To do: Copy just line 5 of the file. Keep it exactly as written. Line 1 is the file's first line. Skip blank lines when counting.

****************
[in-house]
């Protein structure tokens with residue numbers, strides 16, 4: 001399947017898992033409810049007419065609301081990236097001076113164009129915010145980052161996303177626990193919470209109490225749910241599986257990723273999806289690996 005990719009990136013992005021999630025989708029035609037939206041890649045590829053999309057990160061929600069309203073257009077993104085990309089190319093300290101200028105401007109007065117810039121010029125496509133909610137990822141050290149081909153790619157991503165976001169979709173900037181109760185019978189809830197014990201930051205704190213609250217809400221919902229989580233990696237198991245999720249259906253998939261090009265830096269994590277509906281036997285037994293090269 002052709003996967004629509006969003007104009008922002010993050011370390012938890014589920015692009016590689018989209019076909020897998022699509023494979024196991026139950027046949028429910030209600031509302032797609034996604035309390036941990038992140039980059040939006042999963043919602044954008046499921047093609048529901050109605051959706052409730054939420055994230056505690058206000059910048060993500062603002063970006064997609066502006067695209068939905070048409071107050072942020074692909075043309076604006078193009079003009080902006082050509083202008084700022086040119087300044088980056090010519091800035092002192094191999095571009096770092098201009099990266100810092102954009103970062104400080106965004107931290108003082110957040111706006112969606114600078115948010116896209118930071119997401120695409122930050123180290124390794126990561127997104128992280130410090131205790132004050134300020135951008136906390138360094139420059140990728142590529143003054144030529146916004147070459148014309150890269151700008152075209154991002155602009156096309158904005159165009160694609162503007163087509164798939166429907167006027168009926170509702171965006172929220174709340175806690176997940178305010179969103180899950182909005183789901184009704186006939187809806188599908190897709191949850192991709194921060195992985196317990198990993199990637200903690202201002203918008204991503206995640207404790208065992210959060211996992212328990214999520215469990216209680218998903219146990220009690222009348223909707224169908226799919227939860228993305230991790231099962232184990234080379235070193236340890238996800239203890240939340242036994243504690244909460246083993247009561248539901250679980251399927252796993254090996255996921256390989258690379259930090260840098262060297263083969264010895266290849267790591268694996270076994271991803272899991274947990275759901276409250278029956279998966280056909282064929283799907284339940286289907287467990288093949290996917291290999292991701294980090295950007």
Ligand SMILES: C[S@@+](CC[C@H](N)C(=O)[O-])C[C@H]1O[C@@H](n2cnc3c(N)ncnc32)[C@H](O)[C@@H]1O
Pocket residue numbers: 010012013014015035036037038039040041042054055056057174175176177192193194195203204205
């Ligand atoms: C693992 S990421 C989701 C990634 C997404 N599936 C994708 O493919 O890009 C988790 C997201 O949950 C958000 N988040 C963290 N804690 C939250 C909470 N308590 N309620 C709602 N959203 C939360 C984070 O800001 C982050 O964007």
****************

């Ligand atoms: C693992 S990421 C989701 C990634 C997404 N599936 C994708 O493919 O890009 C988790 C997201 O949950 C958000 N988040 C963290 N804690 C939250 C909470 N308590 N309620 C709602 N959203 C939360 C984070 O800001 C982050 O964007």